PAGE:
Registering cycles would instantly cause use to plummet. Instead of filtering through side streets or using paths over major bridges, former cyclists would be putting more cars on the roads and more people on our struggling public transport networks.

Yes – motorists would suffer.

Happily, despite the mouthings of shock jocks, Shane Warne and people who should know better, there appear to be no official moves to bring in such a retrograde move.

And even though the NSW government is sending mixed messages on bike lanes (while doing nothing), and the Victorian government has cut funding for cycle infrastructure to a big fat zero, sparking protests, cycling participation continues to grow.

Healthier citizens, less pressure on public transport, a reduction in pollution, congestion and parking problems – who would want to put a price on that?

Can you think of any other reasons why bicycle registration is a bad idea?

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  • You have 3 road vehicles you should pay 3 regos, whether it is 2 cars and a bike or 3 cars. Cyclists are the only road users that don't have to pass an exam on the rules of the road. If they did have a number plate pedestrians could then report them when they are on the pavement.

    steve D
    Date and time
    June 14, 2012, 12:15PM
    • Steve re read the article and then go have a lie down.

      Date and time
      June 14, 2012, 12:26PM
    • Steve D, you just don't get it do you. Have another try

      Date and time
      June 14, 2012, 12:34PM
    • Try reporting a car's rego next time you see someone talking on their mobile while driving steve.
      It doesn't matter, nothing can happen to them. Unless you take photos or have a video camera or something like that, there's nothing a citizen can do, it has to be witnessed by a cop.
      Believe me I've tried.

      Date and time
      June 14, 2012, 12:35PM
    • I did re read the article, I should have added "why do cyclists have this over inflated opinion of their importance?" Wow, they must be real special and need us to aknowledge they are superior to all others ... not.

      steve d
      Date and time
      June 14, 2012, 12:37PM
    • Jeez way to spoil a good cyclist hate rant with some well founded and logical arguments.... I think unfortunately cycle hate has more to do more with driver frustration and angst (i.e pick on weakest road user) than anything logical. Probably should be some more education and information on best ways to ride in traffic, it is a definite skill, which to be fair to the cycle haters, a lot of riders don't have.. But then generally they're bogan redneck revheads so $%^& em......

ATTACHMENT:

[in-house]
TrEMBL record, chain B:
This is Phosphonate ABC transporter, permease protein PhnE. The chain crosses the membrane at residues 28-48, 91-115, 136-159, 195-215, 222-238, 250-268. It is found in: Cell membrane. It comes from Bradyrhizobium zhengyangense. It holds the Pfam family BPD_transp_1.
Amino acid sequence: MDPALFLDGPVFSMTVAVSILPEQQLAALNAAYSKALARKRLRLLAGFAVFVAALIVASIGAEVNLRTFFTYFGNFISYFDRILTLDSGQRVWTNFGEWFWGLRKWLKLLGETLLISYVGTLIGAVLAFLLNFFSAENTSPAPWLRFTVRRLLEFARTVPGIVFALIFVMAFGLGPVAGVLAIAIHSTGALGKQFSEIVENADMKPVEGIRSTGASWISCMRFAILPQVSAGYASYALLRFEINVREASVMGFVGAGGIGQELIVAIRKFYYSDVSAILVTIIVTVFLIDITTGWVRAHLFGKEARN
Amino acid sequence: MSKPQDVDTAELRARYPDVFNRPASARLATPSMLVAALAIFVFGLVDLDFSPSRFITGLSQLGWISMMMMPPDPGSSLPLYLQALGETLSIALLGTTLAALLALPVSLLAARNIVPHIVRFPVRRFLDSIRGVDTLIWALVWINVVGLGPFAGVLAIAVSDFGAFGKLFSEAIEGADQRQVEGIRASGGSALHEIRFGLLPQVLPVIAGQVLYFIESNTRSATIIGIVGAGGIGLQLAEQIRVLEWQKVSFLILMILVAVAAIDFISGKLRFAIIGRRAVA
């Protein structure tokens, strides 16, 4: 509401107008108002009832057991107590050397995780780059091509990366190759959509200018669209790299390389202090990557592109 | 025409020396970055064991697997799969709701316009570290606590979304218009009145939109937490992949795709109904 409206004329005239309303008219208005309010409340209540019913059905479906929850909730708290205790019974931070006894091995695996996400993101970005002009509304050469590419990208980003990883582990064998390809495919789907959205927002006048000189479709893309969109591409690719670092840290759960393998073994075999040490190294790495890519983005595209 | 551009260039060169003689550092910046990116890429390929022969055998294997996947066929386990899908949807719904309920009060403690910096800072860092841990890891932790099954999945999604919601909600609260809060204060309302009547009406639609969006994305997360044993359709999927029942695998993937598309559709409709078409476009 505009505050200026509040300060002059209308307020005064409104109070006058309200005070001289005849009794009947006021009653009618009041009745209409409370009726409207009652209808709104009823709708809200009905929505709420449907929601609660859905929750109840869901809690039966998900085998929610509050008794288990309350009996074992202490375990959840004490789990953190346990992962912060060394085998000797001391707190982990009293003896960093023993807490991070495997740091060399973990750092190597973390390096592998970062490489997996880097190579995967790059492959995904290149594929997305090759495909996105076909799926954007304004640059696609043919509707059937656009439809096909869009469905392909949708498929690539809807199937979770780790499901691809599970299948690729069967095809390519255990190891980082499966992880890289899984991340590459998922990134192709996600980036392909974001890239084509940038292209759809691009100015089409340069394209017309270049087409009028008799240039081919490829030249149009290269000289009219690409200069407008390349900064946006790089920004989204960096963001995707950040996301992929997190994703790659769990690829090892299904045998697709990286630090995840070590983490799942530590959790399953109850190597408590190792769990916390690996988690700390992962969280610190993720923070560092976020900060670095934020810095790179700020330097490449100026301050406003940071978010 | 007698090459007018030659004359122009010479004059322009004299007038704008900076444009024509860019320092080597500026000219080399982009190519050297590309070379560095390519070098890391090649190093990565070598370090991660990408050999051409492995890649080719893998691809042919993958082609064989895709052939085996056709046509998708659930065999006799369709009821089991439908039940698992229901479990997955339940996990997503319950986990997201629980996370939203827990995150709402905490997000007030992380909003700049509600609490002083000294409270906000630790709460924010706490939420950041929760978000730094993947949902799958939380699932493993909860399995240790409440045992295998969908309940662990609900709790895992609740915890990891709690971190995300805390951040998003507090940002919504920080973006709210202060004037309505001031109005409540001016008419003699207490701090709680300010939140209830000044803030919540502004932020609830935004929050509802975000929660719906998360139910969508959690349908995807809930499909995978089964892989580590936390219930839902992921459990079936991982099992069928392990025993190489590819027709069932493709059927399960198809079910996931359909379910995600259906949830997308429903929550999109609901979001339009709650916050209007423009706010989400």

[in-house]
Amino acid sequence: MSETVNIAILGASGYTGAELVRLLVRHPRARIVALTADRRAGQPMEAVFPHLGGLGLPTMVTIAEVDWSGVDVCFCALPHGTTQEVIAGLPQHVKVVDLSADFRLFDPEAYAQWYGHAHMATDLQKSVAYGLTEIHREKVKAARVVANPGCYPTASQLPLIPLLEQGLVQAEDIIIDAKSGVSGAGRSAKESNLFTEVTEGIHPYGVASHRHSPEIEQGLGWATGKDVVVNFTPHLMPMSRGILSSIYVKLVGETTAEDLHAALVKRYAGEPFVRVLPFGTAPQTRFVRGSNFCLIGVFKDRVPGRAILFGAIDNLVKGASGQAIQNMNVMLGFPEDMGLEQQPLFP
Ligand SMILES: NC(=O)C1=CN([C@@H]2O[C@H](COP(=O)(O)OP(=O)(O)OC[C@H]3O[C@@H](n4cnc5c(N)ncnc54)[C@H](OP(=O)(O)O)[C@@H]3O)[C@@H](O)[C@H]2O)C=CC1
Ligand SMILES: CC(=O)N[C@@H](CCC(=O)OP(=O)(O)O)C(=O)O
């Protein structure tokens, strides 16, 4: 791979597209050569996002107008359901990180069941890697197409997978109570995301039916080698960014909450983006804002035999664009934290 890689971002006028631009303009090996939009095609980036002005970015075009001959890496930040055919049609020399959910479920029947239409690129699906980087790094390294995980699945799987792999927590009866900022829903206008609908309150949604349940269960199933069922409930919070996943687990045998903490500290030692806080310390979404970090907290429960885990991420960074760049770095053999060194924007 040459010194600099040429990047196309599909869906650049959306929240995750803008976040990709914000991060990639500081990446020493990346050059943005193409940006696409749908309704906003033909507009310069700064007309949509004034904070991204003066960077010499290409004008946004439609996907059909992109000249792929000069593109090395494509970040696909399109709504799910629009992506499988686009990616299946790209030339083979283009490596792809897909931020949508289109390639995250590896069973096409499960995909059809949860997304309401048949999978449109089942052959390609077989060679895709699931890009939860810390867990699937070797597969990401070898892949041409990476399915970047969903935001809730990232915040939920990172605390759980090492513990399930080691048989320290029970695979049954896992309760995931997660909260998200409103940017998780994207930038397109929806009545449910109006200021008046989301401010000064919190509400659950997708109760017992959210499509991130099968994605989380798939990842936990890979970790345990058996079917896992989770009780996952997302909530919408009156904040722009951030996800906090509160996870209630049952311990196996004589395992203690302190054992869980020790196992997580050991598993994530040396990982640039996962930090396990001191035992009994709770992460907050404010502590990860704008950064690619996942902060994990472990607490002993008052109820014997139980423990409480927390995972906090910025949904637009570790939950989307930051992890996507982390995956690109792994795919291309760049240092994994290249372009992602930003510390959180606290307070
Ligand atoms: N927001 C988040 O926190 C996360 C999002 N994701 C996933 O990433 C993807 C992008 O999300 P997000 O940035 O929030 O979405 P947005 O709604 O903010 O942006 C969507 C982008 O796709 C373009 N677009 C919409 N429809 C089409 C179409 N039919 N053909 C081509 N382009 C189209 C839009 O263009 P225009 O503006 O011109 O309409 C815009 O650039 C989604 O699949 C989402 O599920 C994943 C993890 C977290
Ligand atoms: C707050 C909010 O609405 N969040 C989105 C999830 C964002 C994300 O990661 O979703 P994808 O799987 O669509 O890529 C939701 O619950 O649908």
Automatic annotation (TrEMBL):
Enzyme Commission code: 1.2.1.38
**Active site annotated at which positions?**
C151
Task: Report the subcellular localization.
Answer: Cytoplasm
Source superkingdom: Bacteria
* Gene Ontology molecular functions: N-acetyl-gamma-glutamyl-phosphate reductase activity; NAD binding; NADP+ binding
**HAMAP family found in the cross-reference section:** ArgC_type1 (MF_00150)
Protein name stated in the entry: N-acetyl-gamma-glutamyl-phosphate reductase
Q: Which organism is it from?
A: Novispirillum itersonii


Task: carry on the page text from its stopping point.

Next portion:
Date and time
      June 14, 2012, 12:41PM
    • Steve, read the article! It has already covered all of your points in a logical well thought out manner.

      The sooner we move to a user pays (or more equitable) system on the roads the sooner motorists will realise the burden they are placing on the rest of us to fund their form of transportation.

      Date and time
      June 14, 2012, 12:41PM
    • Just wondering whether you actually read the article Steve? How do you suggest that the registration you want to slap on every bike will work? I actually don't think most cyclists (I'm one) would be against a fee that was in some sort of proportion and could hopefully go towards bike path upgrades, it has always been the logistics that are the problem, as is well spelt out in the article. As far as cyclists being just a pack of law breakers as you suggest? No more or less than drivers and pedestrians from what I can tell.

      Date and time
      June 14, 2012, 12:44PM
    • Ah.... Good old "comment before reading" syndrome. One day, it'll be on the DSM and treatment will be available.

      Date and time
      June 14, 2012, 12:46PM
    • Michi

      Even recording it on camera does very little for day to day transgressions, still no one will follow it up unless there is some severe injury or property damage. There are a hell of a lot of cameras now (usually not much more than $35 and a memory card) popping up on bikes, cars, motorbikes etc, and peds already have their camera phones. Everywhere is on record these days, still doesn't mean much action in day to day life.

      Andrew K
      Date and time
      June 14, 2012, 12:46PM